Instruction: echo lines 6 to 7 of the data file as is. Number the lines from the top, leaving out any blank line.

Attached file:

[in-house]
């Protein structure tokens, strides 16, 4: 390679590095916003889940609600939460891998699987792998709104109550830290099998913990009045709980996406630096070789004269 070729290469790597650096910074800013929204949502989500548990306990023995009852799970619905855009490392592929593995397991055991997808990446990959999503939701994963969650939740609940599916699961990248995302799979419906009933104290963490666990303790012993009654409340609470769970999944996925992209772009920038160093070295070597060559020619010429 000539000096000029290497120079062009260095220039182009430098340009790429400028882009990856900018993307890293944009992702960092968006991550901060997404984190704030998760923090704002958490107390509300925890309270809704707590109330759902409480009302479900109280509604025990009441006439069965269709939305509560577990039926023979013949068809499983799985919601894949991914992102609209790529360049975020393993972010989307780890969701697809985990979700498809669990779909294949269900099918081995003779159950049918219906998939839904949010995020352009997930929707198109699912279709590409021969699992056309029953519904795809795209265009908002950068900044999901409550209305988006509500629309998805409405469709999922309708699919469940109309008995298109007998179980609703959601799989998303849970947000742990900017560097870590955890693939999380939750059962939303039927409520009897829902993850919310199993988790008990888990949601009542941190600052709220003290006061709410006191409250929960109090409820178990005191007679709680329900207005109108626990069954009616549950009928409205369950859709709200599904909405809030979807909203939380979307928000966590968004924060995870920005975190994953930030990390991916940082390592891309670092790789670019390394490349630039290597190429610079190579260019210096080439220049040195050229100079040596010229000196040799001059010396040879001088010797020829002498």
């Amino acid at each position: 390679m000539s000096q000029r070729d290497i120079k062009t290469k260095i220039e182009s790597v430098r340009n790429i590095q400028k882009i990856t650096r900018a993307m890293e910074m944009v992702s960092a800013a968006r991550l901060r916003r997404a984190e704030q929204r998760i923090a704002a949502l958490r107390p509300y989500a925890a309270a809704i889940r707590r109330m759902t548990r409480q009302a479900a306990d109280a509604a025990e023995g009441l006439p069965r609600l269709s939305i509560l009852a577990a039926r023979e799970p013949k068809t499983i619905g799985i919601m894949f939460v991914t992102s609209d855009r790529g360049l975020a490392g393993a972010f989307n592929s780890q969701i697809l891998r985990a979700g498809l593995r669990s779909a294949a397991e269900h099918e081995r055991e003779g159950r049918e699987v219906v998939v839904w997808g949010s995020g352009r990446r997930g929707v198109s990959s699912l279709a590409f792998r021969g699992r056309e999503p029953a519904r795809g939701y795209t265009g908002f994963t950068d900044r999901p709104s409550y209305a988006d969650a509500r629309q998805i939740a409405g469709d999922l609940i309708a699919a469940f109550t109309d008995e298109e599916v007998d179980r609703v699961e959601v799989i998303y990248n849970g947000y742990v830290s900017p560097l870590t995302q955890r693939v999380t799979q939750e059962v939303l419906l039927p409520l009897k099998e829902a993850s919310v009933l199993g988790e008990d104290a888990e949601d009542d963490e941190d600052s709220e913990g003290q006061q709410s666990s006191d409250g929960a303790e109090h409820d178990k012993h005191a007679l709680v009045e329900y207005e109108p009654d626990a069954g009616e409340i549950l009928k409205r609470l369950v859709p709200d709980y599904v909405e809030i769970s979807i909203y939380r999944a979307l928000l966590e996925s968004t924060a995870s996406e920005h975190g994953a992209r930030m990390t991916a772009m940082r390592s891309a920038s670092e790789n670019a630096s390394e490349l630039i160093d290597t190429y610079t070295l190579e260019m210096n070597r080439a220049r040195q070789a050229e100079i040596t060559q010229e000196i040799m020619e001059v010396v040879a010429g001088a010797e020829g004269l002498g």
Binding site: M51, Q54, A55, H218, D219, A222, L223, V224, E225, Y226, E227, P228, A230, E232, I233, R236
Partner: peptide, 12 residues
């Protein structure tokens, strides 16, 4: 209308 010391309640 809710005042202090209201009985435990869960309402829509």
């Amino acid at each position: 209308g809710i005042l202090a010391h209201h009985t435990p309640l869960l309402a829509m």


């Protein structure tokens, strides 16, 4: 209308 010391309640 809710005042202090209201009985435990869960309402829509």
């Amino acid at each position: 209308g809710i005042l202090a010391h209201h009985t435990p309640l869960l309402a829509m």